After an uneventful trip across the channel, and drive down to the Start at Rambouillet – south West of Paris, we found our spot among the other camper vans in the grounds of the Bergierie Nationale. This pitch is basic, but we are sheltered under the trees, and it’s just a short walk into the small town, and also up to where the bike checks are.
Waking up on Saturday morning, we were able to watch all the bikes riding past us on their way to the bike checks.
My bike check was nice and early at 9am, and this paid off, as the queues were short, and we were through and all checked in around 30 minutes.
The process is quite simple. First you queue with your bike to have it checked over. It’s pretty quick if your bike is in good condition. They check to make sure you have lights that work and are legal (no flashing rear lights allowed in France). They make sure that nothing is going to fall off, and a quick check to make sure you haven’t broken any rules relating to bike standards. Then you are given a sticker for your bike, so that you can rack it safely for the next part of the process.
Once your bike has been checked, you move to the registrations area. They split it roughly into nationalities, so that you can go to a desk where someone might speak your language. It’s easy if you speak French, English, German and Spanish, but with such an array of riders from around the world, it’s helpful to find someone who can speak, or at least understand what you are saying.
Everyone’s bag is held in rider order number, so it’s quick to get hold of. The bag contains your rider number badges for bike and helmet with the frame badge containing the timing chip. Also there’s the all important Brevet card which needs to be stamped at each control. Without this, you cannot complete the event. Finally there is the official PBP high viz gilet. This is a requirement, as in France in poor visibility, and at night it’s a legal requirement for cyclists to wear high viz. Of course it also makes the riders on the event very easy to spot. If you have purchase an event jersey, or a pre-ride meal ticket, then these will also be in the bag.
Once registered you are all done. Grab your bike from the rack, pass the security check (to make sure its your bike) and you’re ready to go.
Once registered, we wandered into town for some breakfast, just as the rain that was to last all day, started to settle in. Rambouillet is a small town, not many hotels, and a limited number of eating establishments. This was a shame, as I remember back in 2015, the previous host town was absolutely buzzing on registration day. Cyclists were everywhere, nationalities sought each other out in the various bars and restaurants around town and the atmosphere was electric. However, Rambouillet was more subdued. The rain certainly had an effect. As the majority of riders were not actually staying in the town, but further afield, there wasn’t really much reason to hang around. There were small groups of riders in the bars & cafes, but generally if felt like the start location of a much smaller event. This was maybe just as well, since the town was really not geared up for an event of this size. If felt that this was such a shame, since the Castle area is so pretty, but there is not really much on offer if the weather is inclement.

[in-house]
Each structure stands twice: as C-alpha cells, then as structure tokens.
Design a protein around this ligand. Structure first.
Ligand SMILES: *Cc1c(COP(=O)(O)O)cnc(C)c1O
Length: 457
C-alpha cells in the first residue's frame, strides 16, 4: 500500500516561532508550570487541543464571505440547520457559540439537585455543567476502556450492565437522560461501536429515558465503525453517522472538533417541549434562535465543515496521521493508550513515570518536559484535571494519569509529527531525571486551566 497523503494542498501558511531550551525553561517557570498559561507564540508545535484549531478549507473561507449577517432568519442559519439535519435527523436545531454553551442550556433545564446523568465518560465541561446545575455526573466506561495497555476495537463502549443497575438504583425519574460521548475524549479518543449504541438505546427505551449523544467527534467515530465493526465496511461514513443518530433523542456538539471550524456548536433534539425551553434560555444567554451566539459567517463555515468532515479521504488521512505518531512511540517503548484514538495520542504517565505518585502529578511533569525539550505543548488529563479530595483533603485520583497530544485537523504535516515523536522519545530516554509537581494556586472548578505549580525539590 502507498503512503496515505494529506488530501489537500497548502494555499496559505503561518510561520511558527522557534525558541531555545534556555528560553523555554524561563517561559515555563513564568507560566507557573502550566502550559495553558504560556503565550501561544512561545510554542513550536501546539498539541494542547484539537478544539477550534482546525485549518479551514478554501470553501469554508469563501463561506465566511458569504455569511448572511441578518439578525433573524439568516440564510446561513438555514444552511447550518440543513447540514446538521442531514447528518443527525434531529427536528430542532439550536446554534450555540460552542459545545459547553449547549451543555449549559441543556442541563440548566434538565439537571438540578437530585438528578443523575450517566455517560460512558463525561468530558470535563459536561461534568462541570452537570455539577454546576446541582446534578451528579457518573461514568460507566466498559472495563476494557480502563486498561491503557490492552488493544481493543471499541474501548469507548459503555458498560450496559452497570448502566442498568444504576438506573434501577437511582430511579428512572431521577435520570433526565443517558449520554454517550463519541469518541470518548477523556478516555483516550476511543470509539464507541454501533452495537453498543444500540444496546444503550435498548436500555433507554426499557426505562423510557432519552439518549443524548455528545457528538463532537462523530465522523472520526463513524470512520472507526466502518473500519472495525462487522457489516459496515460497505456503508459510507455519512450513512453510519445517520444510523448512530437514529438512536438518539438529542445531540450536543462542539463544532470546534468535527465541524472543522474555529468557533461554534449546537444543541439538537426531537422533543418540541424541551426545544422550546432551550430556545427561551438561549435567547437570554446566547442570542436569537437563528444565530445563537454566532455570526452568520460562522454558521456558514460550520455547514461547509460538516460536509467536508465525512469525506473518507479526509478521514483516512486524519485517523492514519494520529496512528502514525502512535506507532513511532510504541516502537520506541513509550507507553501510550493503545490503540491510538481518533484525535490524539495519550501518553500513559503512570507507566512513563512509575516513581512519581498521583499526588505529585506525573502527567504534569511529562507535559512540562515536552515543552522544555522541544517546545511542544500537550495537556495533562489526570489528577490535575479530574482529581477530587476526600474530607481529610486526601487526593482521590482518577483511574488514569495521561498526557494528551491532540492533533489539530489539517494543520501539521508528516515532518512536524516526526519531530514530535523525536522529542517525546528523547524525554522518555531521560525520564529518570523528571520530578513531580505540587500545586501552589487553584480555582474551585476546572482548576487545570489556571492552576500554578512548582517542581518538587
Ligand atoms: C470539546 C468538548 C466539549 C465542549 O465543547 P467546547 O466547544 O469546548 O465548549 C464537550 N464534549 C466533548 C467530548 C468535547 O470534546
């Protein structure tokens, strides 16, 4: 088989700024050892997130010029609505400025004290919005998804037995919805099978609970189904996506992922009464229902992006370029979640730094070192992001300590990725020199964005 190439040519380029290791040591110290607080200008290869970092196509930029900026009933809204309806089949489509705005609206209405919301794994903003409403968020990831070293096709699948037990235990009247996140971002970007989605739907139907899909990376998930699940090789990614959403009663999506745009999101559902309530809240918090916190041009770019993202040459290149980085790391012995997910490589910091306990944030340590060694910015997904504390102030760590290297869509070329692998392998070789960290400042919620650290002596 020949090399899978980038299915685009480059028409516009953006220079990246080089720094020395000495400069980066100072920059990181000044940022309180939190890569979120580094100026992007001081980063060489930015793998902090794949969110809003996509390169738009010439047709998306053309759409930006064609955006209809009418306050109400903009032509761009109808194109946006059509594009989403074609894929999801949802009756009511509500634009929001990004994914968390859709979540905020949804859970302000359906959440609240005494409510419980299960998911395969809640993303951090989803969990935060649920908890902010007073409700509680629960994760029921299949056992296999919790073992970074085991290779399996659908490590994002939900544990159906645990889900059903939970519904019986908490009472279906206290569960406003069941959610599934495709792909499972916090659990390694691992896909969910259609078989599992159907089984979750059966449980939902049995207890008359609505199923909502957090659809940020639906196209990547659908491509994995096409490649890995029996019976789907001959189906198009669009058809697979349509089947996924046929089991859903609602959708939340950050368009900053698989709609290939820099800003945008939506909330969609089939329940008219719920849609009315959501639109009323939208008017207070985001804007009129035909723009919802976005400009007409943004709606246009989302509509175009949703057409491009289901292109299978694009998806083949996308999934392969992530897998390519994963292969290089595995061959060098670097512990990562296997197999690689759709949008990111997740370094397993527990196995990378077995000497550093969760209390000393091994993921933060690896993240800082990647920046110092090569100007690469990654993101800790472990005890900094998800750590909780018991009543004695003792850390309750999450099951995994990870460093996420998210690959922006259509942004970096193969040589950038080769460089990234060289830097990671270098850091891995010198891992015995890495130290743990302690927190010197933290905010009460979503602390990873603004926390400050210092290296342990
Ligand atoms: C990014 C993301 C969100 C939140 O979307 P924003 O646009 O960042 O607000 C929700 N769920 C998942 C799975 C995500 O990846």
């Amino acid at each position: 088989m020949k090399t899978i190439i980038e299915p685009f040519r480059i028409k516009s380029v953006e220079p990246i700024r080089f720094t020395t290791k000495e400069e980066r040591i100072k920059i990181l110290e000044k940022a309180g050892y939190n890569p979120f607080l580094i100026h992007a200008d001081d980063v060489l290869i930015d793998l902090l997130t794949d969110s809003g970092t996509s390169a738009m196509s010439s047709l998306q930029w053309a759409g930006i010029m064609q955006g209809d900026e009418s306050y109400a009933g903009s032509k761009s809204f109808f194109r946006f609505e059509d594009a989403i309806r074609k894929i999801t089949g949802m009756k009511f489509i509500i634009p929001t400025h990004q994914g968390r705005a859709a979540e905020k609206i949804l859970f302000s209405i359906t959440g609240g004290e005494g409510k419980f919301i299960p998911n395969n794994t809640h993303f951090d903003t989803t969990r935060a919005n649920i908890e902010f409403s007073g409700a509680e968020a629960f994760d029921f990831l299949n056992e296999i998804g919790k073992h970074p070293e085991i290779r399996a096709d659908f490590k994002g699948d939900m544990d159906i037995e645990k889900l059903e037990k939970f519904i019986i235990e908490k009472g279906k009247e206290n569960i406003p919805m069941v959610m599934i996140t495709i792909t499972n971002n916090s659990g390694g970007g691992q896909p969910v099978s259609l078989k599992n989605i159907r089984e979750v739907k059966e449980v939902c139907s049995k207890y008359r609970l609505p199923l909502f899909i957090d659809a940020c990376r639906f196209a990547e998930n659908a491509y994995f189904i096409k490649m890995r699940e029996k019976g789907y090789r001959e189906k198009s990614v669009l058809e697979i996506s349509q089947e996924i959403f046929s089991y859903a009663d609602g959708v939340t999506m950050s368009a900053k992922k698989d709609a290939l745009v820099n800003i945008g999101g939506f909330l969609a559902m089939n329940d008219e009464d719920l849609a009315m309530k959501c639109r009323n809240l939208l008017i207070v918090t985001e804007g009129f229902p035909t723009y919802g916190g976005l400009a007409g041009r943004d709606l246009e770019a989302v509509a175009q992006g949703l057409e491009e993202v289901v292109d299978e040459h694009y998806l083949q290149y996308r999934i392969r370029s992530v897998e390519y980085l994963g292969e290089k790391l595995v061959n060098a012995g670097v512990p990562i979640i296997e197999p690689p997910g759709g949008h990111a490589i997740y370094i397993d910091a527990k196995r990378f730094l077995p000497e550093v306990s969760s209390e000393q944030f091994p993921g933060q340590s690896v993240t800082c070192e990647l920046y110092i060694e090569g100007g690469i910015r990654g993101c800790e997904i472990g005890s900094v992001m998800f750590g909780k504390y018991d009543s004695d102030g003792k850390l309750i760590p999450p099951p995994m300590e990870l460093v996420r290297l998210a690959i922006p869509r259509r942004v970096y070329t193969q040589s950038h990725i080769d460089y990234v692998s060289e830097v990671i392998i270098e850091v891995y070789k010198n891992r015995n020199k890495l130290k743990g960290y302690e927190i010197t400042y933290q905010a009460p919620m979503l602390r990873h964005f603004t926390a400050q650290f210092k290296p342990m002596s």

I did manage to meeting up with pretty much every one I knew at one point or another – in a small town you are bound to bump into everyone eventually.
Later in the afternoon, I made the final adjustments to my bike, added my frame badges, and then we settled down to chill out.
After lots of walking about during the day, and a great Indian meal in the evening, I was ready for bed. Nerves haven’t hit me yet, and I slept for a straight 8 hours – which is just as well, since my start time is at 6pm this evening, and we will ride straight through the first night.
The weather isn’t great this morning, but it is forecast to improve by later this afternoon. After that, it’s looking like the conditions for the ride will be pleasant – not too hot, not too wet. Perfect weather for a Brit, although some of those from warmer climates may find it a bit of a challenge. I expect to see Thai’s and Indians all wrapped up for winter on the ride itself.
For today, I intend to stay chilled out, get the van totally organised for the event itself, eat lots of food, and hopefully get a couple of hours sleep at some point.
I am also planning to meet up with a group of women riders that I’ve been communicating with later on. There was a drive by British Audaxer Peta McSharry to get more women riding this years event. Whilst we don’t know whether she reached her goal of 2019 female riders, there has been a great community group where we’ve all been supporting each other through the journey to get here. I’m really looking forward to actually meeting many of them in person now.
You can track me on the following link – I am rider I001 in the 90 hour group.